In Focus

Four ways being president destroyed Donald Trump’s brand

Former business allies steering clear of outgoing president

A corporate stampede to avoid associations with Donald Trump may see the president become the first to leave the White House poorer than when he took office, pundits are predicting.

Reputation management expert Stephen Greyser, a professor of marketing at Harvard Business School, told The Telegraph that the storming of the Capitol and Trump’s subsequent impeachment “will have an impact” on the outgoing US leader’s business brand.

Trump is already facing debts totalling more than $420m, according to an analysis last year of his tax returns by The New York Times. But as recent events take a further toll on his Trump Organization family business, could the cost of his presidency prove far greater?


Banks beat a retreat

Deutsche Bank - previously Trump’s “most important lender”, according to The Guardian - has cut ties with the president. “After a series of bankruptcies in the 1990s, it was the only bank willing to give Trump money,” says the paper.

But the relationship has soured as his presidency nears an end. Reuters says that the German investment giant has been looking to cut ties since November, after growing tired “of the negative publicity stemming from the ties”.


Golf business in the bunker

Golf fanatic Trump has plunged hundreds of millions of dollars into trying to establish the world’s leading golf-resort brand and to host a major championship.

This latter hope has been snuffed out, however, after the Professional Golfers Association of America (PGA) last week said it had “become clear” that holding a major championship at Trump’s Bedminster course, in New Jersey, would be “detrimental to the PGA of America brand”.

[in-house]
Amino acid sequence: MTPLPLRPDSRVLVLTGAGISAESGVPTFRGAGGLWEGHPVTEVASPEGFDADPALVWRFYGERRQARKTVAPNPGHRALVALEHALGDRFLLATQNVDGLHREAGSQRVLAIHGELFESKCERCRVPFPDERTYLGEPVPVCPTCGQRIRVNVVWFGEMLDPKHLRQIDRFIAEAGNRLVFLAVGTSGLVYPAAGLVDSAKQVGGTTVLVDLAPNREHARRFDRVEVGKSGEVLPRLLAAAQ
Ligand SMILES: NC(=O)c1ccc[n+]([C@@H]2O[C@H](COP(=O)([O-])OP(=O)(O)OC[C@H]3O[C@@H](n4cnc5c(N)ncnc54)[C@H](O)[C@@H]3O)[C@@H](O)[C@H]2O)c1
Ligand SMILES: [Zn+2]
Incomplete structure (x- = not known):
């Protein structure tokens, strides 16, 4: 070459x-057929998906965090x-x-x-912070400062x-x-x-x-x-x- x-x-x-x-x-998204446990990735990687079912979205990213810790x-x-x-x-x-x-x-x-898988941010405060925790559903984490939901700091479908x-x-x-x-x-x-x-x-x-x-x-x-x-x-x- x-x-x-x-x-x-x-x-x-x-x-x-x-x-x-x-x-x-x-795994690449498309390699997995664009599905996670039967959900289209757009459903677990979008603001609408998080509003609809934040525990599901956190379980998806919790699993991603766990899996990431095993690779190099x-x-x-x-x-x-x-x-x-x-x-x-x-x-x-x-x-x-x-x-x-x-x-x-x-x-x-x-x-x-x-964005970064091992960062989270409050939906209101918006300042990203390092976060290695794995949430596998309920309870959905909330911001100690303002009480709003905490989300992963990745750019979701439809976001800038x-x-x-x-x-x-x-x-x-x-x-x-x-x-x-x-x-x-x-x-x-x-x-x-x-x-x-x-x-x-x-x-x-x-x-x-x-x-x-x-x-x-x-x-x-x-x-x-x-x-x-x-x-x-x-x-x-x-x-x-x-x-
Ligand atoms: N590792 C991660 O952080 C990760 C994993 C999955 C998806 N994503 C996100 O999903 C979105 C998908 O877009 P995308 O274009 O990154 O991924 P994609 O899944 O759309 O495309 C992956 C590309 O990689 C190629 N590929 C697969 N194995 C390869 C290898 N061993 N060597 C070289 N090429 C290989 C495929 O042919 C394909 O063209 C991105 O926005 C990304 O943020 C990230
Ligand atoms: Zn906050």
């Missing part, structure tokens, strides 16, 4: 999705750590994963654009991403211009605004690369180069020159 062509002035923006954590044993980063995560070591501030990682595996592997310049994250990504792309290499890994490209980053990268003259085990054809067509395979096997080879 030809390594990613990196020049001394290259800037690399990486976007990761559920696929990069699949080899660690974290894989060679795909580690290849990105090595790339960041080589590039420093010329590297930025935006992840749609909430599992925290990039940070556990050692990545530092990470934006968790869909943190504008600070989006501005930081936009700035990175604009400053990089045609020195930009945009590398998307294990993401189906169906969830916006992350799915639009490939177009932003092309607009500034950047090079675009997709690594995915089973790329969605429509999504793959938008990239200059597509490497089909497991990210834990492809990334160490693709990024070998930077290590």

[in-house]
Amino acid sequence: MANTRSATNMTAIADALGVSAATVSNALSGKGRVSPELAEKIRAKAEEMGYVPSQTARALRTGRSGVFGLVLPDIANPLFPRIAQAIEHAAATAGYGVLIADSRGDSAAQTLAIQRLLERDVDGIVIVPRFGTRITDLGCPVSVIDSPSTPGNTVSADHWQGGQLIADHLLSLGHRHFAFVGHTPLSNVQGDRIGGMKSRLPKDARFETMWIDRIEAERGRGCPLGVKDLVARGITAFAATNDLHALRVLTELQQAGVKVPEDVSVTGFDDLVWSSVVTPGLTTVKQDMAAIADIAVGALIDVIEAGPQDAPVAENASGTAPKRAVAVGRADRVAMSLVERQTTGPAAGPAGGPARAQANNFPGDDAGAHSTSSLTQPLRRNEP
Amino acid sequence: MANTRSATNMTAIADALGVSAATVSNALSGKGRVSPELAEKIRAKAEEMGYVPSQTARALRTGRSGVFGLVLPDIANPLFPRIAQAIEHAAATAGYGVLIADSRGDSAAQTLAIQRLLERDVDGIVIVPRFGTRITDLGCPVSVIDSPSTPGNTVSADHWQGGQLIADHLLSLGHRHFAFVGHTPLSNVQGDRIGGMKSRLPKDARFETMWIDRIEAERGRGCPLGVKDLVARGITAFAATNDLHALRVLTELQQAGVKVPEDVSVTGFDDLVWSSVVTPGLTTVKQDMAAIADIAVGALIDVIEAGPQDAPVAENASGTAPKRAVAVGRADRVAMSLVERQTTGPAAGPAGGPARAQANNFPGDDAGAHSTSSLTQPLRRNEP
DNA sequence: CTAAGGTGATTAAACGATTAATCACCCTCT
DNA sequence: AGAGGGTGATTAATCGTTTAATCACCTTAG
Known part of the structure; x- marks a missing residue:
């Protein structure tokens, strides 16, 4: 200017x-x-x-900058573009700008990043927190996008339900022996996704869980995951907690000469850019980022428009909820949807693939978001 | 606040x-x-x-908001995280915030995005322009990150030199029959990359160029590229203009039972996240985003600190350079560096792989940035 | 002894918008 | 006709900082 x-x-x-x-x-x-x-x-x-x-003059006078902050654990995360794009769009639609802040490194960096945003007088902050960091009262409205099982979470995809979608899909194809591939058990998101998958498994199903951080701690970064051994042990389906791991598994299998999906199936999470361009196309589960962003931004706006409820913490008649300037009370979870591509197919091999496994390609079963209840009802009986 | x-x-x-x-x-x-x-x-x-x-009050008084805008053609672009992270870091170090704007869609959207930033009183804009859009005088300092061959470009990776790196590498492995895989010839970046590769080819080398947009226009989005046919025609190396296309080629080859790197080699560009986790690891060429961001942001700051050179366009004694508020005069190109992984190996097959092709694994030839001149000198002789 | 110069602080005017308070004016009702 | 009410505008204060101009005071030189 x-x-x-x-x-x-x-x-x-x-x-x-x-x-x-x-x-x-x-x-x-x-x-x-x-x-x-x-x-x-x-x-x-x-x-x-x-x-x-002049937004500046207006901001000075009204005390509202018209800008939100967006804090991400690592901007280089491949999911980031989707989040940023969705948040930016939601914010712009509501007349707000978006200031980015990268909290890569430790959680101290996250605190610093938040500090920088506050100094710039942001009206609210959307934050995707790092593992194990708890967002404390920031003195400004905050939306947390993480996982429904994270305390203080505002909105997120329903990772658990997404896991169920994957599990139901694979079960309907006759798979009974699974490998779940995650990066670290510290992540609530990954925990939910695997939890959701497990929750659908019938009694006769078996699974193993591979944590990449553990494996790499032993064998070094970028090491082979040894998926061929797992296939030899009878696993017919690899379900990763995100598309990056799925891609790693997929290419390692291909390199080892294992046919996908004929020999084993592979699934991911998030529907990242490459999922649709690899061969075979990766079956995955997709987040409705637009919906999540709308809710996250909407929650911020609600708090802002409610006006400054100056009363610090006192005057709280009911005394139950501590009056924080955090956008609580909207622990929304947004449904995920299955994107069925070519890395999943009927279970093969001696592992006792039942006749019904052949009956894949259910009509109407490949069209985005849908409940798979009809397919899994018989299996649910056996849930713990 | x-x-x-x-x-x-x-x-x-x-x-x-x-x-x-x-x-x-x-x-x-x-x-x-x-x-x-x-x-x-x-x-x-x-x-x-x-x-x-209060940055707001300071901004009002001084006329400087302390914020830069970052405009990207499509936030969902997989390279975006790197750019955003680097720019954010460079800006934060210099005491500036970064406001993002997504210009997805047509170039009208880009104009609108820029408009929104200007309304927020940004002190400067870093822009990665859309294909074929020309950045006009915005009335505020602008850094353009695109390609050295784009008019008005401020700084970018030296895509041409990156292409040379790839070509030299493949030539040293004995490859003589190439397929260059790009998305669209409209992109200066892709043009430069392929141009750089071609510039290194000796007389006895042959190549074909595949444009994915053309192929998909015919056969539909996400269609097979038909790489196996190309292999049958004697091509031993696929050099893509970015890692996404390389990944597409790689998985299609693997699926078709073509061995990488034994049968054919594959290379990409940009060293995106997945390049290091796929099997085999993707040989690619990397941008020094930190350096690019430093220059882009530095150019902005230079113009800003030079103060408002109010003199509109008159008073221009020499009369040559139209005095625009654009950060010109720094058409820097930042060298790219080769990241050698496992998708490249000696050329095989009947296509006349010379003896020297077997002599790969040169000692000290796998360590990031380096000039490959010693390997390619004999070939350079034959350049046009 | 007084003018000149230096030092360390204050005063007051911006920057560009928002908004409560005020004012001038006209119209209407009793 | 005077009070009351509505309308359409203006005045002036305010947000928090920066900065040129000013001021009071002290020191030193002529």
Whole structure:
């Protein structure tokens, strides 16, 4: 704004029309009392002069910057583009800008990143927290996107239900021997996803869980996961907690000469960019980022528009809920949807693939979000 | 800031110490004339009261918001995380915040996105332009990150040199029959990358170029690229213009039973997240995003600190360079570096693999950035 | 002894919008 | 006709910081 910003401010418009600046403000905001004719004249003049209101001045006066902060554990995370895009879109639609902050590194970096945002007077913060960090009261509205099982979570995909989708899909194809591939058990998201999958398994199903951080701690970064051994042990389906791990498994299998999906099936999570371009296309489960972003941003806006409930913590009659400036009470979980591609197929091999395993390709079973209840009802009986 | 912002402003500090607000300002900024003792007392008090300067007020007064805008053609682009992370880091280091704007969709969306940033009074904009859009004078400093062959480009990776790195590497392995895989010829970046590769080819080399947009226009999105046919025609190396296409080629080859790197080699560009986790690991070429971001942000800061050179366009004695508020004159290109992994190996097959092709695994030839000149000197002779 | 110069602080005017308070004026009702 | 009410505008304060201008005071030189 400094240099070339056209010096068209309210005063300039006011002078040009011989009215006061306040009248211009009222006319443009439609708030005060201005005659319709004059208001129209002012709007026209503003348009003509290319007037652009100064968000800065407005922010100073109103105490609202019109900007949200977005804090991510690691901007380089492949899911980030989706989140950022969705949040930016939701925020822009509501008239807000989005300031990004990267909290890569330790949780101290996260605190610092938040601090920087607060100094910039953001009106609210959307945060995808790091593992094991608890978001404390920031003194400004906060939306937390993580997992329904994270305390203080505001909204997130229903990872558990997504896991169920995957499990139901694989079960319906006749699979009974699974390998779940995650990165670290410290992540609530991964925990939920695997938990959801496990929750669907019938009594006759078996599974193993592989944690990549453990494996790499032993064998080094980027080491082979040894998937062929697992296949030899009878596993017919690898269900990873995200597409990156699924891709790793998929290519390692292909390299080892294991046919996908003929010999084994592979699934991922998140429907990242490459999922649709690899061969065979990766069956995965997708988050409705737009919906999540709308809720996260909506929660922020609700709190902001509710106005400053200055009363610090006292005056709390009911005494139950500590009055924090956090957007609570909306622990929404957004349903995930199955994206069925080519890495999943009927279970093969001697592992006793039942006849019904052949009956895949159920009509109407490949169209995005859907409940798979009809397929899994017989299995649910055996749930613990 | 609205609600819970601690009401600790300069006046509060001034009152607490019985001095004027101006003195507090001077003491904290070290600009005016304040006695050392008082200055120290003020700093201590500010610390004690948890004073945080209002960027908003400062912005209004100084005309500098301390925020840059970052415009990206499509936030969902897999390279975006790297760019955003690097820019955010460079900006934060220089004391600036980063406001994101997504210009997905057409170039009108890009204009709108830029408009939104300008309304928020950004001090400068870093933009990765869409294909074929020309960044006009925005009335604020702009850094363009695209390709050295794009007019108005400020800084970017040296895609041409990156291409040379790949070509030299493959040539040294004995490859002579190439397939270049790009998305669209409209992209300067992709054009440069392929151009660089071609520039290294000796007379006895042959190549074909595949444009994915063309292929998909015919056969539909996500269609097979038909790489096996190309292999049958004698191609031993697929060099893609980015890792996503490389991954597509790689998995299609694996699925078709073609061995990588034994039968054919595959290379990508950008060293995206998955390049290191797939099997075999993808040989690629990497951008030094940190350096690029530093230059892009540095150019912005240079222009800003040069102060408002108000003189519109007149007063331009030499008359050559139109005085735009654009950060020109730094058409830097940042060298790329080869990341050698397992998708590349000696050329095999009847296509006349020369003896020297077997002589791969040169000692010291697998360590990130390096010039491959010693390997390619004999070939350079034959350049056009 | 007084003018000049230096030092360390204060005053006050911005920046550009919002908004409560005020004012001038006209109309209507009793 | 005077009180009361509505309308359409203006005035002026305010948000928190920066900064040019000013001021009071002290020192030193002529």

The R&A, the ruling body of golf outside of the US, has also announced that the British Open will not be played at Turnberry, a famous old course in Scotland that Trump owns.


Damaged goods

The president’s ability to make money through licensing deals is “dependent on the enduring appeal of the Trump brand”, says The New Yorker. That status “is now in question”, however, amid widespread outrage over the Capitol Hill attack.

His son Eric insists that the outgoing Republican leader can take his pick from “endless” opportunities. But the magazine argues that “the Trump name is so toxic that virtually no one in the business world wants to be associated with it”.


Family matters

Trump’s inner circle, most notably his children, are unlikely to escape the fallout from the damaging recent dramas.

A source told CNN that Ivanka Trump and her husband Jared Kushner are “trying to keep what little is left for them in terms of sellable currency as Trumps”. Yet in the absence of an “image upgrade”, the family’s “hotels, real estate, branded retail and any future Trump-touched business entities could be irretrievably damaged”, says the broadcaster.


‘The one that we loved’
Today’s newspaper front pages
Today’s newspapers

‘The one that we loved’

Will Boris Johnson step down as an MP?
Boris Johnson
Talking point

Will Boris Johnson step down as an MP?

‘Ninja’ missile part of a scary new generation of unregulated weapons
A Hellfire missile is loaded onto a US Air Force unmanned aerial vehicle (UAV) in 2016
Expert’s view

‘Ninja’ missile part of a scary new generation of unregulated weapons

How Truss and Sunak would tackle a recession
Liz Truss and Rishi Sunak at a debate
Getting to grips with . . .

How Truss and Sunak would tackle a recession

Popular articles

Is World War Three on the cards?
Ukrainian soldiers patrol on the frontline in Zolote, Ukraine
In Depth

Is World War Three on the cards?

Will China invade Taiwan?
Chinese troops on mobile rocket launchers during a parade in Beijing
Fact file

Will China invade Taiwan?

Best new TV crime dramas of 2022
Roger Allam and Nancy Carroll in Murder in Provence
In Depth

Best new TV crime dramas of 2022

The Week Footer Banner